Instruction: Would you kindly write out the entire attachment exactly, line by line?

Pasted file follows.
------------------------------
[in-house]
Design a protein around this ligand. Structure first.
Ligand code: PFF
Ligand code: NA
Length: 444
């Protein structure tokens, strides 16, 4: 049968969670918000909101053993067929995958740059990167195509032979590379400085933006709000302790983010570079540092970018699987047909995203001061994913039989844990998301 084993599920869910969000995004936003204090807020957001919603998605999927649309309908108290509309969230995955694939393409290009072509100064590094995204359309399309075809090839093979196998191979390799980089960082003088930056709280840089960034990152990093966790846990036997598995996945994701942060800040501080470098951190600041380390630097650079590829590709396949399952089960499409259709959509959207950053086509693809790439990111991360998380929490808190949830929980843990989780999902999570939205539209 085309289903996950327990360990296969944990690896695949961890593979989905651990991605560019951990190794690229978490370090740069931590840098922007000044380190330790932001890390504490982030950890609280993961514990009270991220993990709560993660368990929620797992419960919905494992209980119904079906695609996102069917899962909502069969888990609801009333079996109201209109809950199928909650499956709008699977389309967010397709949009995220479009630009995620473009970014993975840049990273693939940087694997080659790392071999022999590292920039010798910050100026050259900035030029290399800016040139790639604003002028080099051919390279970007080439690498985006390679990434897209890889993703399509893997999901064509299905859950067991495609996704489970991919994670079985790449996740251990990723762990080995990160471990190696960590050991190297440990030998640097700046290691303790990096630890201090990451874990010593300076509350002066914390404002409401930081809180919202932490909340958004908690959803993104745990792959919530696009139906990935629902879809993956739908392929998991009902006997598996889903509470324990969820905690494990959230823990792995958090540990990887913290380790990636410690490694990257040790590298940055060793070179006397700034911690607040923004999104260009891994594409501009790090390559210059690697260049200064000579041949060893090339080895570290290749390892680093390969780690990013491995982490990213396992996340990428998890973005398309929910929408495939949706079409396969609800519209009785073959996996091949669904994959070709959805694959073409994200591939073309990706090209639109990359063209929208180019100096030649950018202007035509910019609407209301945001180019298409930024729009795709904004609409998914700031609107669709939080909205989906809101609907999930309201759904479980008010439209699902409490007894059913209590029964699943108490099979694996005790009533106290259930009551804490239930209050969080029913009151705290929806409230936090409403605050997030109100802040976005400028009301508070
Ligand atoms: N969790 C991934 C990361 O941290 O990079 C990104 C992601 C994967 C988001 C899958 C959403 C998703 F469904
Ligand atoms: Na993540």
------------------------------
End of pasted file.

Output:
[in-house]
Design a protein around this ligand. Structure first.
Ligand code: PFF
Ligand code: NA
Length: 444
């Protein structure tokens, strides 16, 4: 049968969670918000909101053993067929995958740059990167195509032979590379400085933006709000302790983010570079540092970018699987047909995203001061994913039989844990998301 084993599920869910969000995004936003204090807020957001919603998605999927649309309908108290509309969230995955694939393409290009072509100064590094995204359309399309075809090839093979196998191979390799980089960082003088930056709280840089960034990152990093966790846990036997598995996945994701942060800040501080470098951190600041380390630097650079590829590709396949399952089960499409259709959509959207950053086509693809790439990111991360998380929490808190949830929980843990989780999902999570939205539209 085309289903996950327990360990296969944990690896695949961890593979989905651990991605560019951990190794690229978490370090740069931590840098922007000044380190330790932001890390504490982030950890609280993961514990009270991220993990709560993660368990929620797992419960919905494992209980119904079906695609996102069917899962909502069969888990609801009333079996109201209109809950199928909650499956709008699977389309967010397709949009995220479009630009995620473009970014993975840049990273693939940087694997080659790392071999022999590292920039010798910050100026050259900035030029290399800016040139790639604003002028080099051919390279970007080439690498985006390679990434897209890889993703399509893997999901064509299905859950067991495609996704489970991919994670079985790449996740251990990723762990080995990160471990190696960590050991190297440990030998640097700046290691303790990096630890201090990451874990010593300076509350002066914390404002409401930081809180919202932490909340958004908690959803993104745990792959919530696009139906990935629902879809993956739908392929998991009902006997598996889903509470324990969820905690494990959230823990792995958090540990990887913290380790990636410690490694990257040790590298940055060793070179006397700034911690607040923004999104260009891994594409501009790090390559210059690697260049200064000579041949060893090339080895570290290749390892680093390969780690990013491995982490990213396992996340990428998890973005398309929910929408495939949706079409396969609800519209009785073959996996091949669904994959070709959805694959073409994200591939073309990706090209639109990359063209929208180019100096030649950018202007035509910019609407209301945001180019298409930024729009795709904004609409998914700031609107669709939080909205989906809101609907999930309201759904479980008010439209699902409490007894059913209590029964699943108490099979694996005790009533106290259930009551804490239930209050969080029913009151705290929806409230936090409403605050997030109100802040976005400028009301508070
Ligand atoms: N969790 C991934 C990361 O941290 O990079 C990104 C992601 C994967 C988001 C899958 C959403 C998703 F469904
Ligand atoms: Na993540």